The body is a narrative device; it embeds our stories in our wounds and scars. Art explores this narration in various ways. Especially after the 1960s, self-exhibition started to form the basics of performance art. Rather than an object of a performance, the body has turned into a main subject: the body as a subject of its own. This focus has become more prominent, especially in disability performance art. One of the significant issues these performances tackle is how the body narrates disability. In this blog I will try to answer this question by looking at the performances of disabled artists and various body narratives in different art forms, such as sculpture and paintings.
Before starting, I want to mention a few things. First of all, in these performances, disability becomes a generative force. And these disability performances liberate both the performers and the viewers from the definitions of disability. They also free both parties from prejudices and long-established assertions of what a body is capable of or not. Secondly, in an ableist world, where the ideological installations of what a normal should look like impose certain aesthetic ideals, disability performance art offers a world beyond it.
How did it all start?
With Surrealism, dadaism, cubism, the definitions of art had already started to change shape. The new forms were very fragmented, experimental and abstract. The colours were not very natural. Multiple perspectives were applied on the object to see the human form from different angles. As a result, the human body was deformed and disfigured. To put it differently, there were new formulations for the representations of the human body. This period in art history is really important for the emergence of disability art. Therefore, before delving directly into the disability arts, first, I want to mention what modern art is and how it represents the body.
“There is no exquisite beauty without some strangeness in the proportion.” Francis Bacon
In “The Aesthetics of Human Disqualification”, Tobin Siebers focuses on the significance of modern art and its employment of disfigured and deformed human bodies as the gist of artwork. He states, “If modern art has had such enormous success, it is because of its embrace of disability as a distinct version of the beautiful” (35). In other words, he suggests that modern art finds its own definition of unconventional beauty. For instance, we see the discoloration of faces, which investigates the different moods of the figures. The broken lines explore the limitations of the body and possibly convey the message that we are more than where our body ends. Different perspectives applied on the subject of the human form also demonstrate a similar mindset.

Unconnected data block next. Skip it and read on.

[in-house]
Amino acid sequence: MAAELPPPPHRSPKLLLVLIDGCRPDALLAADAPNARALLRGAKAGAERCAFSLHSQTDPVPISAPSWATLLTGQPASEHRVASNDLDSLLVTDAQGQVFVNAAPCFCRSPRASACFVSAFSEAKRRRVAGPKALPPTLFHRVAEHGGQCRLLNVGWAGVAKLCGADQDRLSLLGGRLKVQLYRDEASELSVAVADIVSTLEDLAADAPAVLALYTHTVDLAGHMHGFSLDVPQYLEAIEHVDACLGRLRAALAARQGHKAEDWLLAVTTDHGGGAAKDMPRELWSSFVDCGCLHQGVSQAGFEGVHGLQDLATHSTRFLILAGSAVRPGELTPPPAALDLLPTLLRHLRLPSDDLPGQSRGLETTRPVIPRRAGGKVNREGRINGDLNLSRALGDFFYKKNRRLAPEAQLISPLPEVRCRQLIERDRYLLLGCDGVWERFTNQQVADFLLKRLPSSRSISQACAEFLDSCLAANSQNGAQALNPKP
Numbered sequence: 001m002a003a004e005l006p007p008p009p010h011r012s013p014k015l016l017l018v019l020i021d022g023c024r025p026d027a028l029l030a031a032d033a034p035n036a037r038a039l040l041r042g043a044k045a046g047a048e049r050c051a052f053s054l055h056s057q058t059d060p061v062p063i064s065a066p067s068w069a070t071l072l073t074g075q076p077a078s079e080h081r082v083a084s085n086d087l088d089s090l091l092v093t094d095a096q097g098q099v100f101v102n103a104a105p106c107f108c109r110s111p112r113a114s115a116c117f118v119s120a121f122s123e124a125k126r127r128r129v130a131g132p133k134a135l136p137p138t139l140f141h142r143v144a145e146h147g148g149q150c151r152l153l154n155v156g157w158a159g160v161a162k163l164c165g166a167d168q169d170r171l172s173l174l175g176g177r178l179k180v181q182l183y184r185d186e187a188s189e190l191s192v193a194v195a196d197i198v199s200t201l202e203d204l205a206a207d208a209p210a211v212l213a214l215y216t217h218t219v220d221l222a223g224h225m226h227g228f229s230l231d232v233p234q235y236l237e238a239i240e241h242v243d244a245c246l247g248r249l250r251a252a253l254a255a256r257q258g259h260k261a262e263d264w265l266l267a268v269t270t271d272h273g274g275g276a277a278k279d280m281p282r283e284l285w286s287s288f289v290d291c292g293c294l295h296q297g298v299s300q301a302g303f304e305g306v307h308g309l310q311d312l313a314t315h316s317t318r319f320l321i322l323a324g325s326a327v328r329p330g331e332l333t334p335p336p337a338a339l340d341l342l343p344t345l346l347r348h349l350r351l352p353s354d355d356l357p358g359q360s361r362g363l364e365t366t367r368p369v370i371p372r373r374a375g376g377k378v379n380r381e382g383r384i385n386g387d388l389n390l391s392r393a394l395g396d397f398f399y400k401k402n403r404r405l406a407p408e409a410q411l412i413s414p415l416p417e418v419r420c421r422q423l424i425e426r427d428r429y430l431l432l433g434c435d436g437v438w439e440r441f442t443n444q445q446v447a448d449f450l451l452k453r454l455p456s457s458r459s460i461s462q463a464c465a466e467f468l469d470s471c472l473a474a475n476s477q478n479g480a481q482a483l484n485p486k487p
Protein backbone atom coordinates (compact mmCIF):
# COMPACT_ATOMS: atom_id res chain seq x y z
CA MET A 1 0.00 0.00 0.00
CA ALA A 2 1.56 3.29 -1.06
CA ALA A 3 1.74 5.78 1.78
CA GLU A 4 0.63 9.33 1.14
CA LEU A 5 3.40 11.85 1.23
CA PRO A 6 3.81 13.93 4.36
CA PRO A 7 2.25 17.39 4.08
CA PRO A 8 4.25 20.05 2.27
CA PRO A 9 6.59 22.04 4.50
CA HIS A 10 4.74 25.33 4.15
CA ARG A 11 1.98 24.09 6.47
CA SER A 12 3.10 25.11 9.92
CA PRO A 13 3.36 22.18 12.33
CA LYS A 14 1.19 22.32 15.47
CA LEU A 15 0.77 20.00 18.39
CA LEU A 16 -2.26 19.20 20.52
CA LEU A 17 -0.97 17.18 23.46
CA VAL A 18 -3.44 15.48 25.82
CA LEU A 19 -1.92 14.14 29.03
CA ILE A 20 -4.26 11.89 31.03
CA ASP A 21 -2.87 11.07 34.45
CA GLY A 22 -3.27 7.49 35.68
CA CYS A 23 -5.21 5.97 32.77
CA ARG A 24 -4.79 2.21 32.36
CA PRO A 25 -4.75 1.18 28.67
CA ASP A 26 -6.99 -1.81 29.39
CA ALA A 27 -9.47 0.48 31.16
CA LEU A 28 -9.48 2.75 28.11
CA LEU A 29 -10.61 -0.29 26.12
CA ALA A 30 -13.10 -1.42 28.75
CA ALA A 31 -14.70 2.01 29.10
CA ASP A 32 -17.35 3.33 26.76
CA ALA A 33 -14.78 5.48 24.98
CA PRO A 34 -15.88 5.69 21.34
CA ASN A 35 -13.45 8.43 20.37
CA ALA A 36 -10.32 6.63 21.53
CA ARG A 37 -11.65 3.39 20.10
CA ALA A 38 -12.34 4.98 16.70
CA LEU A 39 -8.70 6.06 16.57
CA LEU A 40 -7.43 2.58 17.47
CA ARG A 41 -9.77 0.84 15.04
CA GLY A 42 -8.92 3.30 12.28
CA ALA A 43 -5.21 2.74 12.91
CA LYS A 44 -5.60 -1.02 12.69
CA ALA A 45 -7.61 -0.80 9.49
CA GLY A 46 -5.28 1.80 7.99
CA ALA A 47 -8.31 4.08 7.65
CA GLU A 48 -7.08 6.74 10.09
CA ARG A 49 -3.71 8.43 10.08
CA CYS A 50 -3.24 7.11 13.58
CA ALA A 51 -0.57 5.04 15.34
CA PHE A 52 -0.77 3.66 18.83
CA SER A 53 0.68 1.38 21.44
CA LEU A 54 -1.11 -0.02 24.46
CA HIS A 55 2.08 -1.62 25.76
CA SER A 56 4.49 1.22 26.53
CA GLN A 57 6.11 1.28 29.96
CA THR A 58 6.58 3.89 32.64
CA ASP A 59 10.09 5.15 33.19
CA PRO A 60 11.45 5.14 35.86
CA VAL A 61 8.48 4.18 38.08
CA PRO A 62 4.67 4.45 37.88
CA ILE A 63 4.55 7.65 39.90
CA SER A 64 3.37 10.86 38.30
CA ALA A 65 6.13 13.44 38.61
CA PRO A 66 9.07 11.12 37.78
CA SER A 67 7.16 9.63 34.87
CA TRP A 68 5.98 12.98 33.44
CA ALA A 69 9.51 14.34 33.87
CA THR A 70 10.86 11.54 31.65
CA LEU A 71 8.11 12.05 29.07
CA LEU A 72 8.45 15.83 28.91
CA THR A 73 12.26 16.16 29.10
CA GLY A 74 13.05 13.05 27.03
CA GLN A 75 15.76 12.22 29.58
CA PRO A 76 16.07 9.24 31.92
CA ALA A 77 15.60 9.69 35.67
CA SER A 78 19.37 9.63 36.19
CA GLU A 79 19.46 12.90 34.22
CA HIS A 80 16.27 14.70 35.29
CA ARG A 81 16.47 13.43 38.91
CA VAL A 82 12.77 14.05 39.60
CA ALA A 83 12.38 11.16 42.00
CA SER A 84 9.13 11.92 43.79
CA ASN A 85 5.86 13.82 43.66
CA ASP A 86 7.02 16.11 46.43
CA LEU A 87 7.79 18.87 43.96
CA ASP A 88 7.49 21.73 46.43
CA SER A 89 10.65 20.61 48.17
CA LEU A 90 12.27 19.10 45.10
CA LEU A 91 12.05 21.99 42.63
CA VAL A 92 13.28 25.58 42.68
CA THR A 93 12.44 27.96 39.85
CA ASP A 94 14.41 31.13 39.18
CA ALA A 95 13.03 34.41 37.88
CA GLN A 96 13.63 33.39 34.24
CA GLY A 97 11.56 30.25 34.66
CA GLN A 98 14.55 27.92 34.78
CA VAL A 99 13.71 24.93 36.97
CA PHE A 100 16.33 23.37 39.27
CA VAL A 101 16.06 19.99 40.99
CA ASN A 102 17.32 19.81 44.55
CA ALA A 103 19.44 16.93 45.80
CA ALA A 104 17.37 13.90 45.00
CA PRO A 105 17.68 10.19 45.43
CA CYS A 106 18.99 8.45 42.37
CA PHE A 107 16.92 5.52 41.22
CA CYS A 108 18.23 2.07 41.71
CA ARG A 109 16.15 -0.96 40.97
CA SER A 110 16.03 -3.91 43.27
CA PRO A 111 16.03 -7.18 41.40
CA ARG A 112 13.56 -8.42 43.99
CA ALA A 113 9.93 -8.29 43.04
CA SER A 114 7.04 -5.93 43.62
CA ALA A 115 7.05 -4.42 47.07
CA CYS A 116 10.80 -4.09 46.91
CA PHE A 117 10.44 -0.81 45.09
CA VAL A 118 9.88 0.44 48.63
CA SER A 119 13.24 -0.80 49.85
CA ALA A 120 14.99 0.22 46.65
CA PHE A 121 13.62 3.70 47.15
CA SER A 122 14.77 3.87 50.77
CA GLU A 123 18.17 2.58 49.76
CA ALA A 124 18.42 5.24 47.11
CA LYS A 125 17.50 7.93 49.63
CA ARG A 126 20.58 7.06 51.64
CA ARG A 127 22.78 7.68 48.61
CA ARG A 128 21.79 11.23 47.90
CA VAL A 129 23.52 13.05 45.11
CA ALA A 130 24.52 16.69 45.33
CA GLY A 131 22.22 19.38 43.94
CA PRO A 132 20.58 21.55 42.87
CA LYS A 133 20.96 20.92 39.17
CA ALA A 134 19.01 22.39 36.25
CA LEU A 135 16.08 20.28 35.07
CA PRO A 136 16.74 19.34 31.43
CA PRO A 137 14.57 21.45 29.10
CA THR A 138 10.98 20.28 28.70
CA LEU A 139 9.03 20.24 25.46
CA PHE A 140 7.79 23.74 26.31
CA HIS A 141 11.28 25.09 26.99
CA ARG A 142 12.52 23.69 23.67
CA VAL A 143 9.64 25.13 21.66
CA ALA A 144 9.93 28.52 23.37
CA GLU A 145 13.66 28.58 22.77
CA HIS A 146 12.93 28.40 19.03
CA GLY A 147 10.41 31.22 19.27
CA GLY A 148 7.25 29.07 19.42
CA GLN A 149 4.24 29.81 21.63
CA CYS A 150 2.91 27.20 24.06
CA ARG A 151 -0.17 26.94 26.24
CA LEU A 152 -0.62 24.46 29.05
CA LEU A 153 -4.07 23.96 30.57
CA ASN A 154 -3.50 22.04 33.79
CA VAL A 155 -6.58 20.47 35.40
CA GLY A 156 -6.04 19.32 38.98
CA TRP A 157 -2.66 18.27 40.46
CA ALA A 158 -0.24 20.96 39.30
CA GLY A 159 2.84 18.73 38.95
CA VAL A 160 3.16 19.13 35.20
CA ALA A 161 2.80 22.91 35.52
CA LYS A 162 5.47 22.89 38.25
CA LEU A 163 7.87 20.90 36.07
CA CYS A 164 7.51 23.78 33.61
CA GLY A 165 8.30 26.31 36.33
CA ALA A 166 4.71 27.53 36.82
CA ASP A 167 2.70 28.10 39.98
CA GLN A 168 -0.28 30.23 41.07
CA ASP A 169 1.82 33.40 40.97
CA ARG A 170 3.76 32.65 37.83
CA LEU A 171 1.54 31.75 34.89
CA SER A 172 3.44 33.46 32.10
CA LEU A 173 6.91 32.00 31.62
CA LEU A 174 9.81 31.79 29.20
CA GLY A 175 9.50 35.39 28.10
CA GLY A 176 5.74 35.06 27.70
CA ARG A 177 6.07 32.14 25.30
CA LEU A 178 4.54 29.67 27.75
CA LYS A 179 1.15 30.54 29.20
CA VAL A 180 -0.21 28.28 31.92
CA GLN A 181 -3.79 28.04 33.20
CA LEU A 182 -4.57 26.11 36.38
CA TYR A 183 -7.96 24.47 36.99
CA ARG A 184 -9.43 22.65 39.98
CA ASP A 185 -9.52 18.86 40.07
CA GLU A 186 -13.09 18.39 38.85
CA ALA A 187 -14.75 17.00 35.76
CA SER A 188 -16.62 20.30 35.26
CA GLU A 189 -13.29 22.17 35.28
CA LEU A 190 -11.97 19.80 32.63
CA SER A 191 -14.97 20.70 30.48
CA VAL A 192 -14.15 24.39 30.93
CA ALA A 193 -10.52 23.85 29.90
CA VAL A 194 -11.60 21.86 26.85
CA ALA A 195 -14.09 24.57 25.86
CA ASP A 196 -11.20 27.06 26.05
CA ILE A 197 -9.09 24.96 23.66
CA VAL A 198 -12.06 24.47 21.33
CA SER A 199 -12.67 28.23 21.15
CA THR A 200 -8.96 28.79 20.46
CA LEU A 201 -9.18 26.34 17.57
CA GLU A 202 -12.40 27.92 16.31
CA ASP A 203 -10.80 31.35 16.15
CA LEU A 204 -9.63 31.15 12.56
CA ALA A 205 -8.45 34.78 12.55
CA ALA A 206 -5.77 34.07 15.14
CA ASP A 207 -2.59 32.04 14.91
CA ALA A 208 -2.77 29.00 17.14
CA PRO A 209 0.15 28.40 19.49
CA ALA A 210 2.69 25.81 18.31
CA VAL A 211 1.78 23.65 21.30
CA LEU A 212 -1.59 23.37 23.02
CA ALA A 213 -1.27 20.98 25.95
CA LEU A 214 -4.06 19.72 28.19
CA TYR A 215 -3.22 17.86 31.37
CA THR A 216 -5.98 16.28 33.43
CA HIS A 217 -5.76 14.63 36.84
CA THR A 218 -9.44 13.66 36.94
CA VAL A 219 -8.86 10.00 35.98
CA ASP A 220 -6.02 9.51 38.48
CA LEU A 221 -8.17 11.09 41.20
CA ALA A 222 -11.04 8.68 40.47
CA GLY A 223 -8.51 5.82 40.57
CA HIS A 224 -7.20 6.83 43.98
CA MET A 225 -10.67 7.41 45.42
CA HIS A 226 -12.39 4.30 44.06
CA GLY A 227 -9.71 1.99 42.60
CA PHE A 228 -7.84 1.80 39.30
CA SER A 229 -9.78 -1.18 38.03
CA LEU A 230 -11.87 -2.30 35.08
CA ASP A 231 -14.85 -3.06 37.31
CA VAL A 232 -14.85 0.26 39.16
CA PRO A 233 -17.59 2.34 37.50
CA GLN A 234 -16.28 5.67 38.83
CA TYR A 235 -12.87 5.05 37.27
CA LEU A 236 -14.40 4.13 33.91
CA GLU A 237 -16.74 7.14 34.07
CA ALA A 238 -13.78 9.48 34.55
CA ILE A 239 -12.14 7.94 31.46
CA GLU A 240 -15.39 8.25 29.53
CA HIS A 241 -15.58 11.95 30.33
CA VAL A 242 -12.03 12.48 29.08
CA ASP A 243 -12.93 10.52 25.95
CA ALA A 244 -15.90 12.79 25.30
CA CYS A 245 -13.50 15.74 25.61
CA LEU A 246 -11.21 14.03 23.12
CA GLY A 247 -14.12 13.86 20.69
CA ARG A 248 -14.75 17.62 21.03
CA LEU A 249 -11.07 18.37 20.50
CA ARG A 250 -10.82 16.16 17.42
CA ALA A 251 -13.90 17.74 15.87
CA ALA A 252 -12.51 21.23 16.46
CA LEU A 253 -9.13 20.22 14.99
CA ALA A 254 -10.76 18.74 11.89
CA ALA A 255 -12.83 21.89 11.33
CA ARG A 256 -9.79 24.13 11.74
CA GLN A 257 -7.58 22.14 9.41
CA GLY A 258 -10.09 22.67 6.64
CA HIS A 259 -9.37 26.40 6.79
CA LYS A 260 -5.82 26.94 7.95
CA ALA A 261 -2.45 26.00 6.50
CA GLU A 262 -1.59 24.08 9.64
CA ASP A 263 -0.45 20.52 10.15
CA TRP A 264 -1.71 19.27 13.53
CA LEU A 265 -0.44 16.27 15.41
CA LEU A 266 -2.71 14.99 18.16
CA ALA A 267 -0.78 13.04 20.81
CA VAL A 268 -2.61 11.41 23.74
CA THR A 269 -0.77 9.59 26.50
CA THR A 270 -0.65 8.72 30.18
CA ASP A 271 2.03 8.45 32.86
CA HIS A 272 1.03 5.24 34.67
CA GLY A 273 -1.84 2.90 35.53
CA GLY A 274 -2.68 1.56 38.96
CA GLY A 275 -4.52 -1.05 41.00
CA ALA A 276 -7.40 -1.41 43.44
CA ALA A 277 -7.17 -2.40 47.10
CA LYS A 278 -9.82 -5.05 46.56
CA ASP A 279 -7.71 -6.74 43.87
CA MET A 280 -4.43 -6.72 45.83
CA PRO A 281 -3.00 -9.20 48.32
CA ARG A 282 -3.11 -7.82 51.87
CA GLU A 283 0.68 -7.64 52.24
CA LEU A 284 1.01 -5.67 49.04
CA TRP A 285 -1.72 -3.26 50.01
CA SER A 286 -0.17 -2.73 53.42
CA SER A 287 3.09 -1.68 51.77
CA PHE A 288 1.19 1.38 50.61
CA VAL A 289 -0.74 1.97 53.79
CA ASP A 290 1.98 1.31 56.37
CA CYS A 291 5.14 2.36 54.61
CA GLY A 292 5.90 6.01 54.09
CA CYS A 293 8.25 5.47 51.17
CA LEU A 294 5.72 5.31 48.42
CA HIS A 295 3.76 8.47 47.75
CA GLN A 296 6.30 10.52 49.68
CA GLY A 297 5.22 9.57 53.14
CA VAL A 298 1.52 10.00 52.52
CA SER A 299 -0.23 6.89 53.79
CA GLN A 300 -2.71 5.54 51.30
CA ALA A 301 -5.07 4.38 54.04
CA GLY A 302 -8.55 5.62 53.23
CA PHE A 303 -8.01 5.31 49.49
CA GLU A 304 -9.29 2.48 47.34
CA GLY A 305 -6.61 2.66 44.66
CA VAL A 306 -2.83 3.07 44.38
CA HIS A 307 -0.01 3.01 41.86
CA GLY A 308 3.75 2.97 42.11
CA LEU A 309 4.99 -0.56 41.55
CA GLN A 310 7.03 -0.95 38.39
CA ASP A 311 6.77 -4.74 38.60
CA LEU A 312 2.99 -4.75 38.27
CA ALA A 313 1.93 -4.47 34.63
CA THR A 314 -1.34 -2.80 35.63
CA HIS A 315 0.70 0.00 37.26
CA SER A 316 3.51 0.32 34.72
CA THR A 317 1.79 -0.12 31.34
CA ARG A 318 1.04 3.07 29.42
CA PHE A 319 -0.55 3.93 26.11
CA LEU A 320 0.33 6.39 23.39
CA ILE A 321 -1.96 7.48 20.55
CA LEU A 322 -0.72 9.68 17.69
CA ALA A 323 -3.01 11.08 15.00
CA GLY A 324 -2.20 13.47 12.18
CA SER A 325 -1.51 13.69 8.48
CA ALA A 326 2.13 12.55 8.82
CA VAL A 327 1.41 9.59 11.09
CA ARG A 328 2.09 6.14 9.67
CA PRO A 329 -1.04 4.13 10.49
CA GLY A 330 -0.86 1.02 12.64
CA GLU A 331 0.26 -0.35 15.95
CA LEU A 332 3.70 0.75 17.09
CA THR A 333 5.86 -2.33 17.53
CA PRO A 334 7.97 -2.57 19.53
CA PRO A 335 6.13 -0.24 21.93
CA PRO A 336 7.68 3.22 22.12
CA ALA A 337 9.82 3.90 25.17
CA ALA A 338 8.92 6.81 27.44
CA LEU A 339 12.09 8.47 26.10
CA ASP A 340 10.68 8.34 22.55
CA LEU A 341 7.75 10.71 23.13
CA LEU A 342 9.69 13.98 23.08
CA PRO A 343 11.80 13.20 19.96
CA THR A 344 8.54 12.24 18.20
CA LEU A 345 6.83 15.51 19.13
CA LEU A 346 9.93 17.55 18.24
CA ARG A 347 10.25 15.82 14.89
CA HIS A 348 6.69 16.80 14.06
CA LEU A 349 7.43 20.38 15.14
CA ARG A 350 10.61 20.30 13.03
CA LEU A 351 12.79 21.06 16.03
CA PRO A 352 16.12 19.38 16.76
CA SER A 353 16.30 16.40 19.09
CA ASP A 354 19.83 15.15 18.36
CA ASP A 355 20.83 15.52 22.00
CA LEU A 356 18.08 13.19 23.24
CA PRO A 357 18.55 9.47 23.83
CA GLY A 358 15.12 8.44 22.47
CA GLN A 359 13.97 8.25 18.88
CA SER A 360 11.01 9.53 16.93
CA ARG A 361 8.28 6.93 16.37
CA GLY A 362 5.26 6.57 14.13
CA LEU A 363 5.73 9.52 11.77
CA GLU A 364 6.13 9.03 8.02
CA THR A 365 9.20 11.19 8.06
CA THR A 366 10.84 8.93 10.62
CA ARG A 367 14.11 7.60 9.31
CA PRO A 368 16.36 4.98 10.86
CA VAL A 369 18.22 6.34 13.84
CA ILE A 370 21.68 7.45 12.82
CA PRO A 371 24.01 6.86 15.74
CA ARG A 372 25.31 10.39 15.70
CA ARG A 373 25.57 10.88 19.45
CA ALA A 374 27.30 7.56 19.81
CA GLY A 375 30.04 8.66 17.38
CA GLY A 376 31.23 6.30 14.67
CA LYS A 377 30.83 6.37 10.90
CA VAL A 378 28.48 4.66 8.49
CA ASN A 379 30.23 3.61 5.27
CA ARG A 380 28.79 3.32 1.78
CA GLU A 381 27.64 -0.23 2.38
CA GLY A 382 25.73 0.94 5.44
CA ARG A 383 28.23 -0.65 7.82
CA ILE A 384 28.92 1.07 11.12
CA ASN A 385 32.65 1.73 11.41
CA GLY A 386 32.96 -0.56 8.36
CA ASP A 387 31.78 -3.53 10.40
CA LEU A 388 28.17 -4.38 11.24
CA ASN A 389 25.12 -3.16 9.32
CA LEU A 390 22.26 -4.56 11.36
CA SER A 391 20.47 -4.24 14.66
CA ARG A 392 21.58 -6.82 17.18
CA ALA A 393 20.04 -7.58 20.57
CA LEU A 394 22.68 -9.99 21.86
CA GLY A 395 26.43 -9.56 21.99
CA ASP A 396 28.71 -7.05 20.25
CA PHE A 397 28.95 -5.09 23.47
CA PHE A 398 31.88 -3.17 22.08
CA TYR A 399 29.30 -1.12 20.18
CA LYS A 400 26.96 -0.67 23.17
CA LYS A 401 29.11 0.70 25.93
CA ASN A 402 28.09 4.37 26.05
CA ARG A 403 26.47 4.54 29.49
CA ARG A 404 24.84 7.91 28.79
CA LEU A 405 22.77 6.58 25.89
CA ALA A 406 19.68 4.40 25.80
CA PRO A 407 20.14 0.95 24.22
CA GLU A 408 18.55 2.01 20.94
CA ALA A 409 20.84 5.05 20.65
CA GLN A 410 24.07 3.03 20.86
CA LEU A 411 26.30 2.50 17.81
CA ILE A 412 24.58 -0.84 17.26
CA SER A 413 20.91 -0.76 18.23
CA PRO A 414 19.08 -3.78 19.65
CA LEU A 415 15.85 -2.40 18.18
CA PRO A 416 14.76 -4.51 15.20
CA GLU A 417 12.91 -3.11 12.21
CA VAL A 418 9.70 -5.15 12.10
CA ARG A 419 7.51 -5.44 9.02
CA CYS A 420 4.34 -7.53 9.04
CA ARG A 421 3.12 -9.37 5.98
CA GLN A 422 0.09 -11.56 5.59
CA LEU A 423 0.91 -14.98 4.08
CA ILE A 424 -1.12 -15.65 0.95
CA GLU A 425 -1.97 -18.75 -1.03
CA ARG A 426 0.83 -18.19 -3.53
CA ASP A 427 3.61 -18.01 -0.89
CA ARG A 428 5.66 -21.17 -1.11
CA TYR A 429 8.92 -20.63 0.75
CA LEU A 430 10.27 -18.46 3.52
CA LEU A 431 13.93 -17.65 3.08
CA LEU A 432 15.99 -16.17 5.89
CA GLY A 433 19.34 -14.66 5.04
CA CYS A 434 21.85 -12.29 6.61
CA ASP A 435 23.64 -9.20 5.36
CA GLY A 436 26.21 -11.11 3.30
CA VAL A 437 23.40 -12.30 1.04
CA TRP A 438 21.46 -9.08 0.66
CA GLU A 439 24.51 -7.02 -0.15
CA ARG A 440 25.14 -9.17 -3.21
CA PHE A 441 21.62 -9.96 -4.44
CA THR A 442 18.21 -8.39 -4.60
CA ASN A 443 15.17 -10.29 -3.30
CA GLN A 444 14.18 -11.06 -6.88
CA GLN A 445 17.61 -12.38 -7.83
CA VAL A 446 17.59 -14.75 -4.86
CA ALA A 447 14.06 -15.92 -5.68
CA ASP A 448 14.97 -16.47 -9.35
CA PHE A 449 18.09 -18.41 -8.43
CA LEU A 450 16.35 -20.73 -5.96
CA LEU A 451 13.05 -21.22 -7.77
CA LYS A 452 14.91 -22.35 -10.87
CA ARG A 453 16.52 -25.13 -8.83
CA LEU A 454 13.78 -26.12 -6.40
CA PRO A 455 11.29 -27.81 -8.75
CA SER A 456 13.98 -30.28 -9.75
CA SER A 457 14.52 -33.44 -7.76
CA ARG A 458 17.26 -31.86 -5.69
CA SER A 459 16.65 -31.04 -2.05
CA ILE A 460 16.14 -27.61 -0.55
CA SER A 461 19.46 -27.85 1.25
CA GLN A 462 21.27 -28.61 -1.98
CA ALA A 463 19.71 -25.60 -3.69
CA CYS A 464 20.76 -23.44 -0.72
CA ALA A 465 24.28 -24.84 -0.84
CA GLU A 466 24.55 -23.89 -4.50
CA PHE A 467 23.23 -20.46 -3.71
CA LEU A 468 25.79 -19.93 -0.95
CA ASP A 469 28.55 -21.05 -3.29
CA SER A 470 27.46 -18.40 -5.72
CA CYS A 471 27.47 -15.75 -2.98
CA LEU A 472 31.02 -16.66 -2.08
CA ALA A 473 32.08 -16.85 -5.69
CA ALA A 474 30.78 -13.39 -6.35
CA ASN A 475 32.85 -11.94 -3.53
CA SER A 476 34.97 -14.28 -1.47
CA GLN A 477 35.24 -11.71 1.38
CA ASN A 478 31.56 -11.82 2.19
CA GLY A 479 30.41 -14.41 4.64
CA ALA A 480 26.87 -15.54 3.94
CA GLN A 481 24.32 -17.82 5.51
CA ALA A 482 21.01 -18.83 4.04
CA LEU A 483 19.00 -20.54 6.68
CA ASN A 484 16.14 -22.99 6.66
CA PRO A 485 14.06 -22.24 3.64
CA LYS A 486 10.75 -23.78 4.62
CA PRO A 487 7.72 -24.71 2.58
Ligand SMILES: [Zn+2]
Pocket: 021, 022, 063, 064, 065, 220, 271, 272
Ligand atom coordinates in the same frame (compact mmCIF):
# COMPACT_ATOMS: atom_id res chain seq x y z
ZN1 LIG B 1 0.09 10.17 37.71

In Picasso’s paintings, especially during his Blue Period (1901-1904), the human figures look pale and their faces are coloured with blue, which matches the background as well. It feels as if the figures are in dissolution with the background and losing their contours and becoming vague. This discoloration also makes the human body look sick and sad. Edvard Munch’s Scream, for instance, suggests anxiety, an existential crisis or possibly a nervous breakdown. In this painting, the contours of the human figure are softened. It seems as if it’s melting. Perhaps unconsciousness finds an expression in disfigured human form. In regard to these examples, modern art occupies a significant place for presenting the human body in a non-idealistic and non-perfectionist manner. Disability performance arts move in flow with a similar mindset to the human body, exploring what it means to feel and what it means to have a disabled body.
Francis Bacon (1909-1992)
Famous for his disfigured and abstract portrait studies, Bacon’ s art redefines aesthetic ideals and what art is. His paintings inhabit uncanniness and demonstrate the human body’s flesh and bone structure rather than focusing on the body’s idealistic form. His portraits give the sense of rawness, so to speak. Dismembered faces of the portraits perhaps are attempts to explore what a human being is at its core. His studies are mostly in triypthic, which allows us to see the human form from different angles.
For those interested, there are two documentaries on Bacon’s art. One is the 2017 version of the BBC documentary Francis Bacon: A Brush with Violence. The other one is a 1966 version of the BBC documentary Francis Bacon: Fragments of a Portrait.
Frida Kahlo (1907-1954)
One of the most inspiring artists of the 20th century, Frida Kahlo, was a chronic sufferer and reflected this pain in her paintings in quite magical and surreal ways. During her childhood, polio left her “disabled”. Then,at the age of 18, she had a car accident, which left her with a broken spine, a broken pelvis and a pierced abdomen. This found embodiment in her paintings. One of them is The Broken Column (1944), where she painted herself with the medical corset which she had to wear during most of her life.